Chinese Food Recipes and Cooking
Chinese food need never be a once-a-week-restaurant treat again!
Free mouth watering Chinese recipes, easy to follow & cook, Chinese cooking is simply rewarding!

Home
Chinese Recipes
Chinese Salad
Tasty Soup
Fluffy Rice
Squids & Crabs


Noodles Delight
Chicken Recipes
Succulent Pork
Beef Recipe
Fresh Fish
Lamb & Mutton
Seafood Platter
Crunchy Vegetables
Nutritious Tofu
Assorted Dim Sum
Delicious Eggs
Shrimps & Prawns

Soothing Chinese Tea
Sauces & Seasoning
Chinese Desserts
Snacks & Appetizers
Cooking Methods
Chinese Kitchen


Glossary of Ingredients
Glossary of Cooking Terms
Kitchen Guide & Tips
Measurement Conversion
Food Articles & Fun Stuff
Learn to Speak Chinese
Chinese Restaurants
International Recipes
Asian Recipes
Chinese Cook Book
Chinese Cooking Videos
   
 
 
 

Bulking Up Fiber's Healthful Reputation by Ruth Papazian

How To Do The Raw Food Diet With Joy - Health, Energy, and Success for You with a Flexible Living Food Diet. 230 Page Book, with 26 Raw Recipes! Discover the secrets to having the physical body you've always dreamed of, mental clarity and focus, and more energy than ever before. The Raw Food Diet is ranked as one of the Seven Most Popular Diets in the World by Medical News Today!

More benefits of  'roughage' are discovered because it causes gas, bloating, and other uncomfortable side effects, fiber may be the Rodney Daingerfield of food constituents. But with more and more research showing that a high-fiber diet may help prevent cancer, heart disease, and other serious ailments, roughage has started to get some respect.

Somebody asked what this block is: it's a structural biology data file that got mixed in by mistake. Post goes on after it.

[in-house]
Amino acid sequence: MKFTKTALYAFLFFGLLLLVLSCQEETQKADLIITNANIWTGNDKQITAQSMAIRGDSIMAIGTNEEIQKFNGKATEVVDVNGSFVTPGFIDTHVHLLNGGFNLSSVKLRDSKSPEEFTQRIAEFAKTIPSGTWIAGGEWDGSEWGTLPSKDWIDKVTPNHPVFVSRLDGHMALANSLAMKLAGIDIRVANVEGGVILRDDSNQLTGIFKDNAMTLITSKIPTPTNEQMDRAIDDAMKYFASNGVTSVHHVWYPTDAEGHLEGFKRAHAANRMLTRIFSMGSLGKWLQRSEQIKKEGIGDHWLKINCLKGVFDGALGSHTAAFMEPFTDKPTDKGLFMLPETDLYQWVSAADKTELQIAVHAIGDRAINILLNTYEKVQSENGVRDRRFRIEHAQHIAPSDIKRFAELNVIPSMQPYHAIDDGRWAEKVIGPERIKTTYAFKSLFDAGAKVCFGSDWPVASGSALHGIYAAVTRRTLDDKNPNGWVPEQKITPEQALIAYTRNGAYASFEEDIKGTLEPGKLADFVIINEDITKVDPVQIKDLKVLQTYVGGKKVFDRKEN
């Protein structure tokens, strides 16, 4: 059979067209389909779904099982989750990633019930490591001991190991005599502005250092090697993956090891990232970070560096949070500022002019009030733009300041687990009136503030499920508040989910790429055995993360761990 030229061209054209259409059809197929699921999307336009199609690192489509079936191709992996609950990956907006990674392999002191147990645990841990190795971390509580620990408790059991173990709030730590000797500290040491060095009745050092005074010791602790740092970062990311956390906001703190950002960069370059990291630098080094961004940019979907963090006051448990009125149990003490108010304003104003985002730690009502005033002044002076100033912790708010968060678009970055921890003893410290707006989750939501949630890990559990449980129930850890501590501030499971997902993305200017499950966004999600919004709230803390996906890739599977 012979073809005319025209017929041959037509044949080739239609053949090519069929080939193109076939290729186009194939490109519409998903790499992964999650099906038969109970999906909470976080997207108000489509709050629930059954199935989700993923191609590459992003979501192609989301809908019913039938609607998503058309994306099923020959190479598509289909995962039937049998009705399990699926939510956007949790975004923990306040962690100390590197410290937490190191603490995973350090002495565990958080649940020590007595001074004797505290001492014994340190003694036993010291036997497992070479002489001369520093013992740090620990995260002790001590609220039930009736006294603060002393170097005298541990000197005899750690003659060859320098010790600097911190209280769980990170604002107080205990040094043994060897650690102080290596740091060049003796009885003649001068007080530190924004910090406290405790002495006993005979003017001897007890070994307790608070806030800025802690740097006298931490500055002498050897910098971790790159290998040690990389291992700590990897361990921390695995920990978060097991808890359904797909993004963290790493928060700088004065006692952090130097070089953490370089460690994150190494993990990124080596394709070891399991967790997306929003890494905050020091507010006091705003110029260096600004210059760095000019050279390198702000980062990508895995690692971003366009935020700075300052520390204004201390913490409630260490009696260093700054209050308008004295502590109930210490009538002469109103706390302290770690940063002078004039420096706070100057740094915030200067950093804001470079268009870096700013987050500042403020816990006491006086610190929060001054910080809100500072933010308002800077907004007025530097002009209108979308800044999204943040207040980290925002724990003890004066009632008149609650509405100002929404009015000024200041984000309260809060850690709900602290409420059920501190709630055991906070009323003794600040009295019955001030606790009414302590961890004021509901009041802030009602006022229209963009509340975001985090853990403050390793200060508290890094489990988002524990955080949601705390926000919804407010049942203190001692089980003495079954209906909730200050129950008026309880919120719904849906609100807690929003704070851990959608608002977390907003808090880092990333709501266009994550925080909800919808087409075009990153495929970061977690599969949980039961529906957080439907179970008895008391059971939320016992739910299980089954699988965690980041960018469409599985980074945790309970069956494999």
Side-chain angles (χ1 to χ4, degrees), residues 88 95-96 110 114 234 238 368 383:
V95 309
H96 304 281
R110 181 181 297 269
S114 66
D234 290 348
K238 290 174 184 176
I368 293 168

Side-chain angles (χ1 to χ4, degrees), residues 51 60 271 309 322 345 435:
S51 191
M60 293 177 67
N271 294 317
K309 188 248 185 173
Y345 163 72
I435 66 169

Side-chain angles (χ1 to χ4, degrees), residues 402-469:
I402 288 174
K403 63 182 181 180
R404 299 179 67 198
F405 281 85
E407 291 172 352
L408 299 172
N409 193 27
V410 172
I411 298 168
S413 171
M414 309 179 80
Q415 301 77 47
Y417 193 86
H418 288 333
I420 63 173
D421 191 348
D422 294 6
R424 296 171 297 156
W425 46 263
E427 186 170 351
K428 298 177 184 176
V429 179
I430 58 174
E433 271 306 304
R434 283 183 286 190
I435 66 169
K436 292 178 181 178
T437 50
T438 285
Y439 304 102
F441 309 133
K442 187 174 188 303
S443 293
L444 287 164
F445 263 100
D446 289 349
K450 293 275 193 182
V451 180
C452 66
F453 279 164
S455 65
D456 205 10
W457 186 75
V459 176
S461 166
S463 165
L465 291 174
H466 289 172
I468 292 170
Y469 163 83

The problem is that most Americans don't get enough fiber to realize its potential benefits. The typical American eats only about 11 grams of fiber a day, according to the American Dietetic Association. Health experts recommend a minimum of 20 to 30 grams of fiber a day for most people. 

The Food and Drug Administration has recognized fiber's importance by requiring it to be listed on the Nutrition Facts panel of food labels along with other key nutrients and
calories. And, based on scientific evidence, the agency has approved four claims related to fiber intake and lowered risk of heart disease and cancer. 

The most recent claim, approved in January 1997, allows food companies to state on product labels that foods with soluble fiber from whole oats may reduce heart disease risk when eaten
as part of a diet low in saturated fat and cholesterol. Foods covered include rolled oats, oat bran, and whole-oat flour. 

Found only in plant foods, such as whole grains, fruits, vegetables, beans, nuts, and seeds, fiber is composed of complex carbohydrates. Some fibers are soluble in water and others are
insoluble. Most plant foods contain some of each kind. 

Some foods containing high levels of soluble fiber are dried beans, oats, barley, and some fruits, notably apples and citrus, and vegetables, such as potatoes. Foods high in insoluble fiber
are wheat bran, whole grains, cereals, seeds, and the skins of many fruits and vegetables. 

Fiber's Health Benefits, What can fiber do for you?

Recent findings on the health effects of fiber show it may play a role in: